Customizing nodeos for your dApp

or how to get EOS blockchain events in real time

What if your dApp environment needs to know about specific events in your contract and specific changes in its state memory? The usual way would be to write a poller script which would periodically retrieve this data from a nodeos server via its HTTP interface. Slow and inefficient, and you depend on the remote server provider not to block your excessive traffic.

Much more can actually be done at a moderate cost: you can create your own, application-specific plugin for nodeos.

How ZMQ plugin works

Let’s have a short look at the plugin source code. Around the bottom of the page, it adds itself to chain.applied_transaction signal handler. It means, our callback is executed whenever there’s a transaction in a signed block that arrived from the BP. Around Line 115, the plugin dissects the transaction into action traces, and each action trace is also recursively searched for inline actions.

What happens next, the plugin finds all accounts involved in the transaction. There’s also a workaround for eosio system account actions, such as updateauth and buyram, because they don’t leave a trace, and we need to know who was involved .

Then, for each involved account and each involved token cointract, it retrieves the current token balance. Basically it reads from the token contract’s accounts table. This is important to understand how we can customize this.

Once all data is collected, it is transformed into a JSON object and spit out the ZMQ PUSH socket. The difference between PUSH and PUB sockets is that PUSH socket will block if the reader is not ready. The PUB socket will just discard the message if the reader cannot read it.

How your own plugin works

The plugin would ignore all transactions that are happening with other contracts, and only react on transactions that are happening around our own contracts. This filtering is easy to implement with std::set<name> array that will let you easily check if at.act.account (the contract account where the action was executed) or at.receipt.receiver (the receiver contract account which may differ from the former) is your own contract account.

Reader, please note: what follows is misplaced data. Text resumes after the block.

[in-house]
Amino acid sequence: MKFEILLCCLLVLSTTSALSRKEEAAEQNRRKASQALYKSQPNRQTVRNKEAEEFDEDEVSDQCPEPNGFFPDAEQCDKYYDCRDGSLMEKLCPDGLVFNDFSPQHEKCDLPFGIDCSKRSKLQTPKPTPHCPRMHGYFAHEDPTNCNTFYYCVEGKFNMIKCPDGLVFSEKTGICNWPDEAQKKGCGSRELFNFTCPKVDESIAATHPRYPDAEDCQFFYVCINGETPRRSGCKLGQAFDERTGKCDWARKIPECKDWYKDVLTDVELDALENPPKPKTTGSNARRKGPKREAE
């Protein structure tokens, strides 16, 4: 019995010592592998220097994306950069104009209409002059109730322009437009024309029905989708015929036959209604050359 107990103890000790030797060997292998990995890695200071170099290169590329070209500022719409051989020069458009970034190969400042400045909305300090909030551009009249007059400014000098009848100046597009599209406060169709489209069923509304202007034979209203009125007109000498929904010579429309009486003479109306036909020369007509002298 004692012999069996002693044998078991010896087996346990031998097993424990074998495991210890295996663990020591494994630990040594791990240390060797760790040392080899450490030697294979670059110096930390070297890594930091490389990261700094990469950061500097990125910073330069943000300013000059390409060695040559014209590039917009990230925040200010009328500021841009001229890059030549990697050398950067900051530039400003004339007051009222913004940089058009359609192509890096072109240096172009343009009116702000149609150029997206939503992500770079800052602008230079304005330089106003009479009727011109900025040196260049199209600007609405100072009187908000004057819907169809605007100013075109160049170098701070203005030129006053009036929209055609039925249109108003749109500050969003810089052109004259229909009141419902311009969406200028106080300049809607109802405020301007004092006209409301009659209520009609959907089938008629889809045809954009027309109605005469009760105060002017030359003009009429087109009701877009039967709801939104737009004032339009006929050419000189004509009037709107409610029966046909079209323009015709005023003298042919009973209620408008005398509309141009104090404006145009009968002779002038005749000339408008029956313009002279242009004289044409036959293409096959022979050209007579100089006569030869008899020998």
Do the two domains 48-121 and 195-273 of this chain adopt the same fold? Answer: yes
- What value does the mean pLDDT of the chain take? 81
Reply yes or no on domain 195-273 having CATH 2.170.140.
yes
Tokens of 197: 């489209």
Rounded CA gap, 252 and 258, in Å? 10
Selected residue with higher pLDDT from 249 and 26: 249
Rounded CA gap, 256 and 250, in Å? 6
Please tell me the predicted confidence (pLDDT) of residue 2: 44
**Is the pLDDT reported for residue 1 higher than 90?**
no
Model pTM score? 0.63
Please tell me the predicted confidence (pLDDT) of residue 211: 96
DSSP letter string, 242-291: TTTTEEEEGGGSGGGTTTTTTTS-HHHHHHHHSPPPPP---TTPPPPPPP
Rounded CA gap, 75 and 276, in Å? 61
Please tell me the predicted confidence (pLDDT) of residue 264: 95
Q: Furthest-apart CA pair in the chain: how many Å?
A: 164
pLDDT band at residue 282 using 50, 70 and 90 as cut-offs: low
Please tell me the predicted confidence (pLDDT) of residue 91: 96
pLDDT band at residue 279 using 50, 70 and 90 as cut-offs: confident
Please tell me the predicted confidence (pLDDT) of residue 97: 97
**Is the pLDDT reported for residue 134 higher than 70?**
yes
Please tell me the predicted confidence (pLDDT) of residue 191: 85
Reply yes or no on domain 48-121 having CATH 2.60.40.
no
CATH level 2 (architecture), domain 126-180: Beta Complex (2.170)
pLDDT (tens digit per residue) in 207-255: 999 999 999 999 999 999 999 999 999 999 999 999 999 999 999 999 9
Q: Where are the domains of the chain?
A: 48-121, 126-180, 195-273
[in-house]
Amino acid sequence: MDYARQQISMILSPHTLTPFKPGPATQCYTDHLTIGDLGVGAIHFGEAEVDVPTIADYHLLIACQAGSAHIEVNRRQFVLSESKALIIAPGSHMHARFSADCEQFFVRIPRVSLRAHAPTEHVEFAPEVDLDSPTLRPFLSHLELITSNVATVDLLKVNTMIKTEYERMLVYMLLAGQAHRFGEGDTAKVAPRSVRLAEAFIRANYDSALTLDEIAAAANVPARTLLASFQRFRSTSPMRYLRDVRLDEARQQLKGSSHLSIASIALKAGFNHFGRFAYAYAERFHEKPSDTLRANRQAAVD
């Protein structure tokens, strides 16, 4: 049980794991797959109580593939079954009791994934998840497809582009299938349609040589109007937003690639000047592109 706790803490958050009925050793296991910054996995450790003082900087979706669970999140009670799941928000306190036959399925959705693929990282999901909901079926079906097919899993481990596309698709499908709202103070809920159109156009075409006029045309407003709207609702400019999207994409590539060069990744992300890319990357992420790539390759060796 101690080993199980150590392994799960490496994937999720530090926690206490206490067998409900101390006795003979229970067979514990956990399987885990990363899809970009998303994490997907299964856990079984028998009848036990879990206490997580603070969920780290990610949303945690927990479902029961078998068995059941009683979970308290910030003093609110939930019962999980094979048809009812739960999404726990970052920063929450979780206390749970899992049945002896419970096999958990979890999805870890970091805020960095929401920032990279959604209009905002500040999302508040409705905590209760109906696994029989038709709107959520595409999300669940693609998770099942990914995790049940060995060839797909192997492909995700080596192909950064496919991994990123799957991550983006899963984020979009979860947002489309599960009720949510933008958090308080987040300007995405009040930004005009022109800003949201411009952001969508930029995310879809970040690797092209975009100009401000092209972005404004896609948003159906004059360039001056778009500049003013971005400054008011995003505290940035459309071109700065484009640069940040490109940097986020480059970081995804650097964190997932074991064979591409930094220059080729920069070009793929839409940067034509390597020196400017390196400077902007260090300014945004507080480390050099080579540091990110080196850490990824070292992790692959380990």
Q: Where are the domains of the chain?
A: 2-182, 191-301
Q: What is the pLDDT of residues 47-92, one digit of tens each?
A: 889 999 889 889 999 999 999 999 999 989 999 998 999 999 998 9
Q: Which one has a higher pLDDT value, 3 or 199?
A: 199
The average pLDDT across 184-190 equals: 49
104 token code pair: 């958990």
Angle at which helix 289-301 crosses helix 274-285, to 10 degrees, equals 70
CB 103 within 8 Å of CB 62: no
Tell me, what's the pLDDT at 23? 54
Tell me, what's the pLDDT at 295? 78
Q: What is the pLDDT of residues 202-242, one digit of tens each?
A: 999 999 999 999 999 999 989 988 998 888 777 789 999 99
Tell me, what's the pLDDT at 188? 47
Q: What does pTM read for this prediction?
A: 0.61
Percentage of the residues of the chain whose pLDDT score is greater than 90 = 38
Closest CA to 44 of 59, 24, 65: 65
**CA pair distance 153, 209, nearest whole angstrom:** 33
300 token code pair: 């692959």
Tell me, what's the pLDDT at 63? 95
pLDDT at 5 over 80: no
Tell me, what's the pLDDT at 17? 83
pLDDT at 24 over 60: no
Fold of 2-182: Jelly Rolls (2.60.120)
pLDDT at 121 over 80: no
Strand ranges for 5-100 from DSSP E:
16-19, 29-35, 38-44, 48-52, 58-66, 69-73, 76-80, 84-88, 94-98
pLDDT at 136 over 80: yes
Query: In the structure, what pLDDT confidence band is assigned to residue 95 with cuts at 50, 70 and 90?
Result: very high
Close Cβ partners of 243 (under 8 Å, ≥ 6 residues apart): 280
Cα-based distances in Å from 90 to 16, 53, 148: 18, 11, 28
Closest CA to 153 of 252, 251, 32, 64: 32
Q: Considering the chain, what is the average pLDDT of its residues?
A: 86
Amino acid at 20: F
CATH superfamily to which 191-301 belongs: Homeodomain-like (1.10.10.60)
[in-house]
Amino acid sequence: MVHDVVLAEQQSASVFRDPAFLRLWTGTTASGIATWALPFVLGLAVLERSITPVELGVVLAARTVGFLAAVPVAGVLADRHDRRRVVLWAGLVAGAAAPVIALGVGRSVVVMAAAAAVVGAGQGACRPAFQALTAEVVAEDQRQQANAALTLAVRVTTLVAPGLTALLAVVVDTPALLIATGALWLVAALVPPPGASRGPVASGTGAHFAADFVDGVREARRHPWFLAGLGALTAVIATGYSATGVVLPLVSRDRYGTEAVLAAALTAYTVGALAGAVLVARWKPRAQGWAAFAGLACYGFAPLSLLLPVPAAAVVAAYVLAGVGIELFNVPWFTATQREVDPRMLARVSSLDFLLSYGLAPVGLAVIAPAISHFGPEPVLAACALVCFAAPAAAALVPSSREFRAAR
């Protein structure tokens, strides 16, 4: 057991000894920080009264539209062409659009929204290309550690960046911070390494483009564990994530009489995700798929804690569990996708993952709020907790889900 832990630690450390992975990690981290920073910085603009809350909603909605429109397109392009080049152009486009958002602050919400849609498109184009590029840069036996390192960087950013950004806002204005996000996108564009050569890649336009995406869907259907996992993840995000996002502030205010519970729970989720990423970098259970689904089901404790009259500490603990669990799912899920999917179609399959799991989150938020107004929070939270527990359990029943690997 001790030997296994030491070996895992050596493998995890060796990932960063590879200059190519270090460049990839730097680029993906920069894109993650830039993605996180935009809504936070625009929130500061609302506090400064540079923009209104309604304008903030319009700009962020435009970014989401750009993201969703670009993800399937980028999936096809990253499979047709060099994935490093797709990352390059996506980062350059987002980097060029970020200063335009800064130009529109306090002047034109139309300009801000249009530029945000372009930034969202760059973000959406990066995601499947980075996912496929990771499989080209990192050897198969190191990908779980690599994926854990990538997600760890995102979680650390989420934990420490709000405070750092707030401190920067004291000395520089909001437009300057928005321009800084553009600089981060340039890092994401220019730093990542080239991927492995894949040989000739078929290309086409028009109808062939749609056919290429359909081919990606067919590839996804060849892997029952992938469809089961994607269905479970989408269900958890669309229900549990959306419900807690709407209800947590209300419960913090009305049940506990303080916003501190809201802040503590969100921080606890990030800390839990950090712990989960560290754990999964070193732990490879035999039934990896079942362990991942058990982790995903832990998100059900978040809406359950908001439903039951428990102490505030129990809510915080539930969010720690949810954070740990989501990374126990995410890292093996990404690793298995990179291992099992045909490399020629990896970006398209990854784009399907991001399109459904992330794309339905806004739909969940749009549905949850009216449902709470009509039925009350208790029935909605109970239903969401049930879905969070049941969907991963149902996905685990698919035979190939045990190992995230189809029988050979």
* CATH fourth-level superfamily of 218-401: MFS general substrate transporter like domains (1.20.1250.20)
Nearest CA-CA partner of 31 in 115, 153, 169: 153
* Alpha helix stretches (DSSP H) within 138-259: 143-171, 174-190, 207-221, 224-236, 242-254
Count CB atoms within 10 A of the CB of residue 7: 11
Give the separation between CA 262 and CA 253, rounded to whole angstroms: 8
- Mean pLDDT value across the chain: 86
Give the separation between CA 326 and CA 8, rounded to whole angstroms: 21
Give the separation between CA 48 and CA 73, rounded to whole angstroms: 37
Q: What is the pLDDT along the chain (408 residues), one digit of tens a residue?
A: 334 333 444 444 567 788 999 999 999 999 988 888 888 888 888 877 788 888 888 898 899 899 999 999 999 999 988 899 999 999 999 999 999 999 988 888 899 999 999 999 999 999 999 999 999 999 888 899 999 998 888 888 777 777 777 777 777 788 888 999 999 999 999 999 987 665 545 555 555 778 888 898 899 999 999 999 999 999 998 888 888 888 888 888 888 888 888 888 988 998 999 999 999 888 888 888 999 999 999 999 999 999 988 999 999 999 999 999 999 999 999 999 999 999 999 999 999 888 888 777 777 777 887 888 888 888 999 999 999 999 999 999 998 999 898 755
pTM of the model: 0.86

Once we determined that this is an action executed on our contract, we can dig through the action traces and collect data depending on the action name. For example, an action creates an entry in a table. The contract also stores the ID of the new record in its state table. So, the plugin can easily determine the ID of the record, read the record itself, and add it to the resulting JSON that will be pushed toward the ZMQ socket.

If your dApp is tolerant to missing such events (for example, a poller script is executed every few minutes to do the cleanup), you can use a PUB socket in your plugin instead of PUSH socket. In this case, nodeos will not be paused whenever the receiver stops or its input buffer overflows.

Setting up your server infrastructure

You would also need an instance of nodeos which would be shut down periodically, in order to make a snapshot of blockchain state. In case of abrupt crash of the main nodeos process, you would be able to restore the state database quickly, without having to re-play the whole blockchain again. I’m going to experiment with ZFS, as it’s designed for quick and cheap snapshots.

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Telegram: cc32d9, EOS account: "cc32dninexxx"

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